Brad Paisley certainly had a few tricks up his sleeve to improve on whatever could possibly have come before him. Who else has a (pre-recorded, but convincing) Facetime session planned with no other than Carrie Underwood, to perform on their multi-platinum duet ‘Remind Me’, on her birthday no less? Who else boasts enough humour to feature their South Park cameo appearance as their stage backdrop? Who else signed a guitar for an audience member, exclaimed “that’s how you make a Taylor Swift right there!” before running through to crowd to play on the Yamaha stage? No amount of peppered novelties would be a good show by themselves, though, so it’s lucky he’s got 19 #1 singles to fall back on for his set, played on an assortment of beautiful telecasters, and a few dubious anglicisms thrown in for good measure.

C2C Day Two

As I entered the O2 on the second day of C2C, the proceedings had already begun. Katy Hurt and her band were proof of two things during their steadfast performance on the Big Entrance stage; to the festival goers that UK artists are not to be counted out, and simultaneously to others passers-through that country music is louder, more compelling and infinitely more fun than perhaps they’d ever thought before. She was a perfect choice for the main stage and made for a thoroughly enjoyable audience experience. Security staff had their jobs cut out keeping the crowds from blocking the path through to the main arena.

After Katy Hurt, I made through the non-signposted, roundabout path to Building Six for Raintown, the nicest couple in the genre. I was pleasantly surprised to hear their music at a distance from the room itself, and I was happy to see that despite the odds of their position and time slot, they had it packed out and everyone knew their lyrics. They were definitely one of the loudest acts of the weekend, and their set was all the proof needed that they’ve made the absolute best of their resources as a UK act. A thrill to watch, nobody can say that the effort they make with their career warrants anything but the huge line for them to sign merchandise that they received. Excellent: I’m proud!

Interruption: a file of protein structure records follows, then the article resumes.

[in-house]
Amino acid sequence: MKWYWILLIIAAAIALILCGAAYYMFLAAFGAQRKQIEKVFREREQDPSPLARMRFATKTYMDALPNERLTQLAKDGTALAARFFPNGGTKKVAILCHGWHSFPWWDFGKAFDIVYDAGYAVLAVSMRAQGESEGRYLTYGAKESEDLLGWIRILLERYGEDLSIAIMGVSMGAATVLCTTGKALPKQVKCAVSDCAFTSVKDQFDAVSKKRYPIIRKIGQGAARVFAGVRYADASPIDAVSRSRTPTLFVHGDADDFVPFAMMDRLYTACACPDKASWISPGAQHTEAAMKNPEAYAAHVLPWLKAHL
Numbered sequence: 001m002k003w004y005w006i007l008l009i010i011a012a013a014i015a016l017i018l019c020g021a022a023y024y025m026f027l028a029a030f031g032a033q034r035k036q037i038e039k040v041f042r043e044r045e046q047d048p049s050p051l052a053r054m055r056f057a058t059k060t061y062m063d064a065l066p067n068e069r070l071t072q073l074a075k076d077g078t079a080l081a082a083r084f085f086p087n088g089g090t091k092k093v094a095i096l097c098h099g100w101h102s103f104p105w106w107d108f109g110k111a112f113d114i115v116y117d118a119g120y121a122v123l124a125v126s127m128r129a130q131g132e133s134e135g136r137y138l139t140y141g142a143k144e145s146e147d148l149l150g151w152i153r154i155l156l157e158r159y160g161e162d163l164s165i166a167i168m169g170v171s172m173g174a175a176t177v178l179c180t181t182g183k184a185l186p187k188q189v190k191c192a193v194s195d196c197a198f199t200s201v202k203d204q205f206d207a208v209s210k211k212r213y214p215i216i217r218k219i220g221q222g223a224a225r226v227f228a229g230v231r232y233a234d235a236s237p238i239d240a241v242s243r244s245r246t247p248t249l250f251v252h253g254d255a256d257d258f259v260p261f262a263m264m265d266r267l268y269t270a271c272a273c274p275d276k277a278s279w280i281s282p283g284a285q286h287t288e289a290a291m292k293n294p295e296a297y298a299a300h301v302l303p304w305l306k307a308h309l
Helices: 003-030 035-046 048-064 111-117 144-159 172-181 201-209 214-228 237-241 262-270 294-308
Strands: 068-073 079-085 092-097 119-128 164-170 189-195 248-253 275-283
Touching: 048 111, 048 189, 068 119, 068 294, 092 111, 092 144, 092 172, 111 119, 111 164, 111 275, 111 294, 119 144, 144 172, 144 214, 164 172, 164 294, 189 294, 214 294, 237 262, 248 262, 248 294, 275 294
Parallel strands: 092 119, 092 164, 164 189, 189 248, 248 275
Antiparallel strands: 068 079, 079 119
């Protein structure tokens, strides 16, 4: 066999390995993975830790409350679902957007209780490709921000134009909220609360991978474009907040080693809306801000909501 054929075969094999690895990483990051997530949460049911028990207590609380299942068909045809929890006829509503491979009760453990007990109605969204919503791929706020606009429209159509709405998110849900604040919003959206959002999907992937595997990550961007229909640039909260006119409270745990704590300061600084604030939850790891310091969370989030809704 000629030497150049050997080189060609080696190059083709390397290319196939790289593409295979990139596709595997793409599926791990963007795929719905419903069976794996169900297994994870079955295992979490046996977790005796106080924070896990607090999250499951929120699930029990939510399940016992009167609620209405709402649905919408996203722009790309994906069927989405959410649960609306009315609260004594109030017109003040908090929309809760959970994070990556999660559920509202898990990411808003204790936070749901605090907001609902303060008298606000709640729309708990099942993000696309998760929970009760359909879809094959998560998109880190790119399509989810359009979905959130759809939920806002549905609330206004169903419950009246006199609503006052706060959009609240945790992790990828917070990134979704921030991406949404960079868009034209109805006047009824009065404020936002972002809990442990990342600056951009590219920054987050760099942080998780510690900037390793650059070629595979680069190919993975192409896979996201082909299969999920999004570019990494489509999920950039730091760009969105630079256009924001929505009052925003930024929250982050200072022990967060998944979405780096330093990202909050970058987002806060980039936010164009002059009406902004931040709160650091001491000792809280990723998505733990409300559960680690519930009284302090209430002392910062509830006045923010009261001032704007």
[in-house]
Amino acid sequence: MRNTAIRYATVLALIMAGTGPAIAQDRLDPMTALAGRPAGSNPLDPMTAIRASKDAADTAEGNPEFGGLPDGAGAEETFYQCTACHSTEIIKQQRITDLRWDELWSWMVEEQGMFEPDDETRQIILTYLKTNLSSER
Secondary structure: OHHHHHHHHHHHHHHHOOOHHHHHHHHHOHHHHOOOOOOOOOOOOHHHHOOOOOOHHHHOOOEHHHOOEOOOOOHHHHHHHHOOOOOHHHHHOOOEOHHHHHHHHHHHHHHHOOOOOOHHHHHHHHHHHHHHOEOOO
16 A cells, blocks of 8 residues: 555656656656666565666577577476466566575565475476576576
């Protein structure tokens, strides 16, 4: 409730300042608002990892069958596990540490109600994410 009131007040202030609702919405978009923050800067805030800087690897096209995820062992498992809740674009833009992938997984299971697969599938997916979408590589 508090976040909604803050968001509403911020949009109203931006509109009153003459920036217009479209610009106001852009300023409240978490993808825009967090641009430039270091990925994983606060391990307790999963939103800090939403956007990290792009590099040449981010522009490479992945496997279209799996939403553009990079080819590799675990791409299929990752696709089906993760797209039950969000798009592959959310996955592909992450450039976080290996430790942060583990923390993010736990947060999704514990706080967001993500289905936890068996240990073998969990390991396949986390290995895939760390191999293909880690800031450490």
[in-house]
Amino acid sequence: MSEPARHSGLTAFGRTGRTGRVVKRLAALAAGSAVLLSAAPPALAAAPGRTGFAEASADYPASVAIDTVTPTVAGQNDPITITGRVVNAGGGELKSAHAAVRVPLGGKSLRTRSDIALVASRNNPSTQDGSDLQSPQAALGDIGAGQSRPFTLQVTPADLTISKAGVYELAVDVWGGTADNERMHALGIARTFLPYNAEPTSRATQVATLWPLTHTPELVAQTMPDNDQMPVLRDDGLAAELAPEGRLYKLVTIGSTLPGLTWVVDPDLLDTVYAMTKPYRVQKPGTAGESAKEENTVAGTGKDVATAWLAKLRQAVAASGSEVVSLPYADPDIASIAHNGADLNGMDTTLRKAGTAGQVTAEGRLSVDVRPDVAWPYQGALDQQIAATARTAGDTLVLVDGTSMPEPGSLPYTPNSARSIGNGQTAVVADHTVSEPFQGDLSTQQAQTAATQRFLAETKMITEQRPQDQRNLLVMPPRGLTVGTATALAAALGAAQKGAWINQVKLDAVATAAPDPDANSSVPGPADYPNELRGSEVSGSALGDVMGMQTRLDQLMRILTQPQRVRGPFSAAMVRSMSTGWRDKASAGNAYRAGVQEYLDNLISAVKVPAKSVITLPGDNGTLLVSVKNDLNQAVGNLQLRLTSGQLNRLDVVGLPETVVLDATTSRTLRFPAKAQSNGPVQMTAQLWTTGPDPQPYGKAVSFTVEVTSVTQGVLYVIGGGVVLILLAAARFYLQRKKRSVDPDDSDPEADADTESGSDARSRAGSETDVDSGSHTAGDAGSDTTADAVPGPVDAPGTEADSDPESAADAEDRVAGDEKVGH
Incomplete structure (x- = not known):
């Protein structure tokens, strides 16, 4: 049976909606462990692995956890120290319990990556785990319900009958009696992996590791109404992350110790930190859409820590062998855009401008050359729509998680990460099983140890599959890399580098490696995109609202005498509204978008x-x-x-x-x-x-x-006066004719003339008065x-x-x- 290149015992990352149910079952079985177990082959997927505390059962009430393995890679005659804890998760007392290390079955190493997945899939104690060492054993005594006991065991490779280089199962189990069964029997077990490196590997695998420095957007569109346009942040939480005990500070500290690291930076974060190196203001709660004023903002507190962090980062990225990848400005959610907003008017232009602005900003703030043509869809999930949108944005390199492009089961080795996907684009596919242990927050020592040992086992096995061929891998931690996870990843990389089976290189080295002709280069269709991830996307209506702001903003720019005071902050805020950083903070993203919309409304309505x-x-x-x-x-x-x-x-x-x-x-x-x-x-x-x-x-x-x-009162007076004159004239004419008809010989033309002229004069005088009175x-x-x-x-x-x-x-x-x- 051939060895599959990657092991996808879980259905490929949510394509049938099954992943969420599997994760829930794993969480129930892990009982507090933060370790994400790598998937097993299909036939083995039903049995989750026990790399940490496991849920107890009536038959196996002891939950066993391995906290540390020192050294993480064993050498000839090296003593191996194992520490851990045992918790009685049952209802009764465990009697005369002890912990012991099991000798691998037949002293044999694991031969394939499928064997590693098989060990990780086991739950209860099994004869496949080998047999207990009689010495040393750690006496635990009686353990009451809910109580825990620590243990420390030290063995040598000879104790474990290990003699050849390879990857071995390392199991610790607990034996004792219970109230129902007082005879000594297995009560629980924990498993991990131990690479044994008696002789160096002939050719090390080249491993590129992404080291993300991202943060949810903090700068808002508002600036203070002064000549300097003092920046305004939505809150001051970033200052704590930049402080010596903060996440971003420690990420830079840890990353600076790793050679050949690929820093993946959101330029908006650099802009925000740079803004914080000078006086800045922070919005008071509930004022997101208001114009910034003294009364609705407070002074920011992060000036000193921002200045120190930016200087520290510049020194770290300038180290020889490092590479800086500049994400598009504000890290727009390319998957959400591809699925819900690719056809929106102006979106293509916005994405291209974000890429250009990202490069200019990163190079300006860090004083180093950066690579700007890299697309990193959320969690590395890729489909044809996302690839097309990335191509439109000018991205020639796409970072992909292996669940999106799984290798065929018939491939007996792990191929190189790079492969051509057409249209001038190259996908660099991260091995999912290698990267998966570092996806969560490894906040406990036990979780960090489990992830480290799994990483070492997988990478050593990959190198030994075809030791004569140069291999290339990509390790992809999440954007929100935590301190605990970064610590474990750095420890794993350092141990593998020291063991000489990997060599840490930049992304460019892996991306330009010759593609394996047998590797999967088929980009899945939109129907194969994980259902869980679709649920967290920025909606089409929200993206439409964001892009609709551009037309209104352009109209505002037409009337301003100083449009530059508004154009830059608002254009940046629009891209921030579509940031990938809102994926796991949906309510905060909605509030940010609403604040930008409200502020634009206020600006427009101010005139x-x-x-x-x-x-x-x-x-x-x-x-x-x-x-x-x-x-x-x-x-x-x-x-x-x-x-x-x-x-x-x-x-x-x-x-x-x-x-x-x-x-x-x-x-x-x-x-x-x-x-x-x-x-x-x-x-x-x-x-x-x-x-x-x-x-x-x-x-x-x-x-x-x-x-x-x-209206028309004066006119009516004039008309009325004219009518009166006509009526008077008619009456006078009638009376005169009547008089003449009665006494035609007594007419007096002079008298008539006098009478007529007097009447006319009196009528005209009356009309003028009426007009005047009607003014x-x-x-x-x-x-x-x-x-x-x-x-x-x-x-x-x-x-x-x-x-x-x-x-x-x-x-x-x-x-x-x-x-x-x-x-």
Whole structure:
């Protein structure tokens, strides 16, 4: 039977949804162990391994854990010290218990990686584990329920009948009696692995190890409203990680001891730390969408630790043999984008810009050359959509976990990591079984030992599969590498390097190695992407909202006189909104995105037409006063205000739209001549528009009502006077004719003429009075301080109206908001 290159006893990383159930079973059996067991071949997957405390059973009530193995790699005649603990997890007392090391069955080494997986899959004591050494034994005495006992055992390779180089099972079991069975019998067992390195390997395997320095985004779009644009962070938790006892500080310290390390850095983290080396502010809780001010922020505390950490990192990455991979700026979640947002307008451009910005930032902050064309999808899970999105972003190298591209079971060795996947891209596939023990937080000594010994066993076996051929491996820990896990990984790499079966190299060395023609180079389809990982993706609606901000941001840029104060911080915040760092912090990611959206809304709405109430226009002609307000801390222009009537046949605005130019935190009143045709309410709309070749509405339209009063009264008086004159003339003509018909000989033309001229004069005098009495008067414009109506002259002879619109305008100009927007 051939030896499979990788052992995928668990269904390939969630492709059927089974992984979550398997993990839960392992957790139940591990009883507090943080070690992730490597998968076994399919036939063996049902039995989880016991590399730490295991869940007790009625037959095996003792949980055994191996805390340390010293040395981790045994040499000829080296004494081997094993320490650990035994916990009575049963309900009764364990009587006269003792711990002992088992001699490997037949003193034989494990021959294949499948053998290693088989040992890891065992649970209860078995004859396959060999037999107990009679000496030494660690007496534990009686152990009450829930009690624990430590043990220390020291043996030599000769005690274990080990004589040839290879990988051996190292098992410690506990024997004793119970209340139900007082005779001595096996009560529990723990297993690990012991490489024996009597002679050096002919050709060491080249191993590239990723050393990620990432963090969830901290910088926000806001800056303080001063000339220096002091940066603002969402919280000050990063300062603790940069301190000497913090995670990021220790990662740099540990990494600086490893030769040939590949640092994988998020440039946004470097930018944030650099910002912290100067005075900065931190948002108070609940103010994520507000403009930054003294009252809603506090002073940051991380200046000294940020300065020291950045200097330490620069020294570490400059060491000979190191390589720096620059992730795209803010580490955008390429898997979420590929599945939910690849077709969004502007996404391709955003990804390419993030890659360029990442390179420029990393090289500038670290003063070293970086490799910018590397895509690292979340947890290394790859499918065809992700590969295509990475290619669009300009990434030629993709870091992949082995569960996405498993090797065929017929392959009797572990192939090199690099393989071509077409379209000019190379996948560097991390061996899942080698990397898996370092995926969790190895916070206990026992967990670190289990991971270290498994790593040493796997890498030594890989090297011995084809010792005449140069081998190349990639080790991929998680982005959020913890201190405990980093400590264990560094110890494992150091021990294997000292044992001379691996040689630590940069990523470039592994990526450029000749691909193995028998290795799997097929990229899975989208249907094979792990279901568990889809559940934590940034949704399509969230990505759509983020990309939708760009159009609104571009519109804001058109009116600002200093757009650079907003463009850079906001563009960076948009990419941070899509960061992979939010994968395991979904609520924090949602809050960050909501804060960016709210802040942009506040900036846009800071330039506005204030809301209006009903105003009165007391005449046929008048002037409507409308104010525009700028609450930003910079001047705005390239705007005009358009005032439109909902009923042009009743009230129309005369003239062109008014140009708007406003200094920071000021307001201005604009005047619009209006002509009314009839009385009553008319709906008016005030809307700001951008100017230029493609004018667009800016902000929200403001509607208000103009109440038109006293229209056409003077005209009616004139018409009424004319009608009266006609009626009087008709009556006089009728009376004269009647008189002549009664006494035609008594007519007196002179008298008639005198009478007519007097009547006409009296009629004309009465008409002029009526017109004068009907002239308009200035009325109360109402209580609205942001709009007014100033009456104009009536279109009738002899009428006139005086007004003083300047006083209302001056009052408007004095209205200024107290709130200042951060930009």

Hunter Hayes’ arena performance began marred by either technical issues or his self-professed nerves. The set up didn’t seem best for the higher pitch of his voice. Although he took time to recover from whatever the issue was within a few songs (unfortunately, after two of his biggest hits: ‘I Want Crazy’ and ‘Storm Warning’), his guitar playing was consistent throughout. All weekend we’ve been blessed with performances from so many guitar virtuosos, but the young multi-instrumentalist was impressive enough to – dare I say it – give Brad Paisley, Friday’s headliner and often regarded as one of if not the best in the genre, a run for his money. Charlie Worsham joined him for a shaken-up version of ‘Somebody’s Heartbreak’, and as a guest could not quite live up to Hayes’ faultless shredding. Despite the aforementioned issues, Hayes managed to prove that he does indeed have a number of good songs under his belt, and his new material seems stronger than ever.

On the Yamaha stage, Seth Ennis threw his last chewing gum into the crowd. His rookie-ish nature was a good fit for the small stage and his genuine attitude (“I haven’t done anything like this before!”) seemed to make connections in the audience no trouble. It was good to see the stage used for the newest of artists.

Darius Rucker on his acting ambitions: “You can laugh at me but I’m serious! My next career goal is to move to London for a year and be a regular on Eastenders. That would be so much fun for me. (A goodie or a baddie?) Either one! I could be that nasty American that comes along and tries to steal everyone’s girlfriends!” (Lee Williams, CMR Nashville)

Hype throughout the day for Darius Rucker was huge. It could be said that he trumps headliner Reba McEntire with his extensive appeal, given his Hootie & The Blowfish days. He was a very dynamic performer in a fantastic pair of shoes, and his three covers (‘Friends In Low Places’, ‘No Diggity’ and his encore of ‘Purple Rain’) went down an absolute treat. Up until that point, he received the biggest applause of the whole weekend.